Tracklist:

Piano Concerto No. 18 in B flat major, K 456

01. I. Allegro vivace (12:01)
02. II. Andante un poco sostenuto (09:24)
03. III. Allegro vivace (07:37)

Piano Concerto No. 22 in E flat major, K 482

04. I. Allegro (12:23)
05. II. Andante (07:38)
06. III. Allegro (10:58)


Exact Audio Copy V1.0 beta 3 from 29. August 2011

EAC extraction logfile from 15. March 2015, 14:57

Ronald Brautigam, Die Kolner Akademie, Michael Alexander Willens / Mozart - Piano Concertos Nos. 18 & 22

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TOC of the extracted CD

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5 | 41:25.71 | 7:38.56 | 186446 | 220851
6 | 49:04.52 | 10:58.24 | 220852 | 270225


Range status and errors

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AccurateRip summary

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Track 2 accurately ripped (confidence 5) [FCCBCC25] (AR v2)
Track 3 accurately ripped (confidence 5) [BF2931B7] (AR v2)
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All tracks accurately ripped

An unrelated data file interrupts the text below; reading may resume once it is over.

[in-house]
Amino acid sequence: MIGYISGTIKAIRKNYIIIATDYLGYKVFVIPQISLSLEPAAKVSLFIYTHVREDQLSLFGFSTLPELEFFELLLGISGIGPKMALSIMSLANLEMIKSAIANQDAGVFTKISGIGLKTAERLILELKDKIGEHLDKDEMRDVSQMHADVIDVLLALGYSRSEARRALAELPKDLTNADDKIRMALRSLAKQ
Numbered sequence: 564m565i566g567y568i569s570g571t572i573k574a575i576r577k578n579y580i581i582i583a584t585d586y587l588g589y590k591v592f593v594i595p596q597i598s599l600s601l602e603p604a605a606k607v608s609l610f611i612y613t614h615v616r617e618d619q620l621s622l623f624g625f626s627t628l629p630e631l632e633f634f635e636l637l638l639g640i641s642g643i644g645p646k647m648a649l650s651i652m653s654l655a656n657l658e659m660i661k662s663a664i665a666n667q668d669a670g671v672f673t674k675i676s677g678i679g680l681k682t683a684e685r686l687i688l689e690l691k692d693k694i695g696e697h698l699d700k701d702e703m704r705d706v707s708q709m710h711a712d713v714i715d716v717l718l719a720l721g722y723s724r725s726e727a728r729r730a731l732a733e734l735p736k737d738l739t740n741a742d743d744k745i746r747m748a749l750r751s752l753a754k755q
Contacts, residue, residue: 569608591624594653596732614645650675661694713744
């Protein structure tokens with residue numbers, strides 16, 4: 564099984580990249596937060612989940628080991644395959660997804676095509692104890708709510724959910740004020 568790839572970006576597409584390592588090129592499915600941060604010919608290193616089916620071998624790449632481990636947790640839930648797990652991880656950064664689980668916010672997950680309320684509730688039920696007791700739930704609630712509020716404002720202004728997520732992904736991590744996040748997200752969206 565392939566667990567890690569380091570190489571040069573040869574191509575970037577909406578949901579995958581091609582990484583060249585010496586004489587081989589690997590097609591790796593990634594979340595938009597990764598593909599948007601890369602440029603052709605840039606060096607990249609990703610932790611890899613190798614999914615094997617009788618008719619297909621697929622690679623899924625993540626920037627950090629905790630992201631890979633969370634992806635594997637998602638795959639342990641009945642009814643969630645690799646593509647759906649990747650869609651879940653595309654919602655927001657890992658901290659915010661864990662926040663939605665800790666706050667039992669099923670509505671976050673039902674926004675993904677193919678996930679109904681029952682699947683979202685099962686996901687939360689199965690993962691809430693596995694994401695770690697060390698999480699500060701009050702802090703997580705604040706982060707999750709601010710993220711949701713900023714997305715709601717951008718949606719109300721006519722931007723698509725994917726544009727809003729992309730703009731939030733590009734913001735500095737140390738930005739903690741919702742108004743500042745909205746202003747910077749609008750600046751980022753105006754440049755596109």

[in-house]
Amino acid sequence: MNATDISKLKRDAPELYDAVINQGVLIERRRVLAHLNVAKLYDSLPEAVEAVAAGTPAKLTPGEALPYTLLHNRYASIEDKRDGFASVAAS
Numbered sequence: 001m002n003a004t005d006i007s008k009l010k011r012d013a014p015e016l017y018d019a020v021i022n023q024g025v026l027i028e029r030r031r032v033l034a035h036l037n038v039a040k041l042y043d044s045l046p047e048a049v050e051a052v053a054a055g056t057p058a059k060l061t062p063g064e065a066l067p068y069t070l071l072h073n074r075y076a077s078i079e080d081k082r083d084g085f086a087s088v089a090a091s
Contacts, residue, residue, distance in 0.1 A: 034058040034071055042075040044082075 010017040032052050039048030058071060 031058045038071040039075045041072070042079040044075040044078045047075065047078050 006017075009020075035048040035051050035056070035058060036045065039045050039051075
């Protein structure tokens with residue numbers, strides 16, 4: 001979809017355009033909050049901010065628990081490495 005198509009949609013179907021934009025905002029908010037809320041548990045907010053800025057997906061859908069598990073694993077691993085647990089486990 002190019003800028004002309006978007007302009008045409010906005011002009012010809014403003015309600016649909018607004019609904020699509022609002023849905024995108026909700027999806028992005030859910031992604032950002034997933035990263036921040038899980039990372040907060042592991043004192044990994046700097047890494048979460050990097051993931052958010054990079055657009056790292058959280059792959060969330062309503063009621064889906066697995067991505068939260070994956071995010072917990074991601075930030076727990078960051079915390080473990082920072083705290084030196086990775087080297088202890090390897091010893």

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==== Log checksum AA83C52E8C1435C0E0C7836A9565DEDEAF57A1C0D65F6D025E8CC4BCE5F5B32E ====

foobar2000 1.2 / Dynamic Range Meter 1.1.1
log date: 2015-11-03 13:30:54

––––––––––––––––––––––––––––––––––––––––
Analyzed: Ronald Brautigam, Die Kolner Akademie, Michael Alexander Willens / Mozart - Piano Concertos Nos. 18 & 22
––––––––––––––––––––––––––––––––––––––––

DR Peak RMS Duration Track
––––––––––––––––––––––––––––––––––––––––
DR14 -3.49 dB -23.51 dB 12:01 01-Piano Concerto No.18 in B flat major - I. Allegro vivace
DR15 -2.23 dB -24.66 dB 9:24 02-Piano Concerto No.18 in B flat major - II. Andante un poco sostenuto
DR16 -0.39 dB -23.14 dB 7:37 03-Piano Concerto No.18 in B flat major - III. Allegro vivace
DR14 -1.16 dB -22.06 dB 12:23 04-Piano Concerto No.22 in E flat major - I. Allegro
DR16 -4.37 dB -26.76 dB 7:39 05-Piano Concerto No.22 in E flat major - II. Andante
DR16 -0.19 dB -24.35 dB 10:58 06-Piano Concerto No.22 in E flat major - III. Allegro
––––––––––––––––––––––––––––––––––––––––

Number of tracks: 6
Official DR value: DR15

Samplerate: 44100 Hz
Channels: 2
Bits per sample: 16
Bitrate: 577 kbps
Codec: FLAC
================================================================================

Ronald Brautigam, Die Kolner Akademie, Michael Alexander Willens - Mozart: Piano Concertos Nos. 18 & 22 (2014)